Cable operators and programmers strongly oppose on legal and policy grounds proposed federal rules that could furnish certain local TV stations with greater carriage rights on cable systems than they currently possess.
Comcast, Discovery Communications, the National Cable & Telecommunications Association and the American Cable Association all condemned the proposals, rejecting Federal Communications Commission chairman Kevin Martin’s position that new carriage rules were needed to ensure a smooth national switchover to digital broadcasting in February 2009.
Martin’s plan “proposes an unlawful command-and-control approach over the cable operator’s property, using the broadcast digital transition as [a] cloak to disguise a perpetual violation of the Constitution,” the NCTA said in comments filed at the FCC Monday -- the first phase in a battle that could eventually involve the courts and perhaps Congress.
With the congressionally mandated cutoff of analog TV Feb. 17, 2009, Martin is concerned that broadcasters’ new digital signals won’t be seen in millions of cable homes that rely solely on analog reception devices.
His solution: forcing cable to carry TV stations that exercise their mandatory cable-carriage rights in both analog and digital -- a policy known as dual must-carry and something the National Association of Broadcasters has been advocating on and off for nearly one decade. Cable systems that have gone all-digital -- meaning every TV in every subscriber home has the equipment to view digital signals -- would be exempt from the dual-carriage mandate.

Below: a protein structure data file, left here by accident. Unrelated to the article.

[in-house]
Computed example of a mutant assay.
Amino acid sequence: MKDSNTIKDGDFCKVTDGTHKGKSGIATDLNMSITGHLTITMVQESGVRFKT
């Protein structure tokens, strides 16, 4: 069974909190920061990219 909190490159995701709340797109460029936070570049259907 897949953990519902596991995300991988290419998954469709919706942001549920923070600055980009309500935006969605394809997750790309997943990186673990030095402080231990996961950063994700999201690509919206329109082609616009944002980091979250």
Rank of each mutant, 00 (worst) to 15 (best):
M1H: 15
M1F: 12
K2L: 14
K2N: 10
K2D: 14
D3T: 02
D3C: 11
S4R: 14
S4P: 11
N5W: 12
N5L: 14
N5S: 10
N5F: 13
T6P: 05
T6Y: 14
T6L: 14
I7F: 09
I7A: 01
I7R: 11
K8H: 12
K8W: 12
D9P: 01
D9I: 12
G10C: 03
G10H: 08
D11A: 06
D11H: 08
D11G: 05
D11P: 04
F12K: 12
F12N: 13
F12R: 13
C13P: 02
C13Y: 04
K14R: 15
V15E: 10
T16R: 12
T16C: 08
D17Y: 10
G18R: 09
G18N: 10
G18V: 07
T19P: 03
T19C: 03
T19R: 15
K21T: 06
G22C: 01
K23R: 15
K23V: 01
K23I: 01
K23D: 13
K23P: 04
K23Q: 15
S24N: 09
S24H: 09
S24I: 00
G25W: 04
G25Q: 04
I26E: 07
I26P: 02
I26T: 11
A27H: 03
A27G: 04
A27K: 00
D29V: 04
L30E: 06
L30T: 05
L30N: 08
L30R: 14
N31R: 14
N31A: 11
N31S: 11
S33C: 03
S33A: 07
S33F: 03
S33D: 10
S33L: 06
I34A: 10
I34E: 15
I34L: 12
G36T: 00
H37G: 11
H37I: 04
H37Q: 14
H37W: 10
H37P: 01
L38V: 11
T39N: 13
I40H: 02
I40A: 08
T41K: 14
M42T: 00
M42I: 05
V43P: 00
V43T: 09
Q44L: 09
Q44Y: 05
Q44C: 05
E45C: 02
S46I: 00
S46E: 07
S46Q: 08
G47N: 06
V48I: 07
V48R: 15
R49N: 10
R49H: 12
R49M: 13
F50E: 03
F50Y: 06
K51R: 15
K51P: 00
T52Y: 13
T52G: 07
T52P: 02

Because so few cable operators in terms of subscribers served are expected to be all-digital in early 2009, the industry views dual must-carry as the FCC’s regulatory intent now, even though the agency in 2001 and again in 2005 considered dual must-carry a violation of cable’s First Amendment rights.
Discovery stressed that dual must-carry could make it rethink pending HD investments if FCC policies over allocate cable bandwidth to TV stations.
“The only certain result of forcing cable operators to carry duplicative broadcast channels is to ensure that innovative nonbroadcast programming will be crowded out,” Discovery told the agency.
The NCTA said that in early 2009, about 126 million analog-TV sets will remain in use in cable homes. Supplying a $50 box for each one would cost $6.3 billion.
An FCC policy that effectively leads to dual must-carry could backfire on the agency, perhaps leaving it with no mandatory carriage rules to enforce, Comcast claimed, pointing to market conditions that undermine the need for such mandates.
“Were the [FCC] to proceed with its dual-must-carry proposal, it would invite the courts to re-examine the entire must carry regime,” Comcast said, referring to the 1992 law that allows any full-power TV station to demand cable carriage free-of-charge.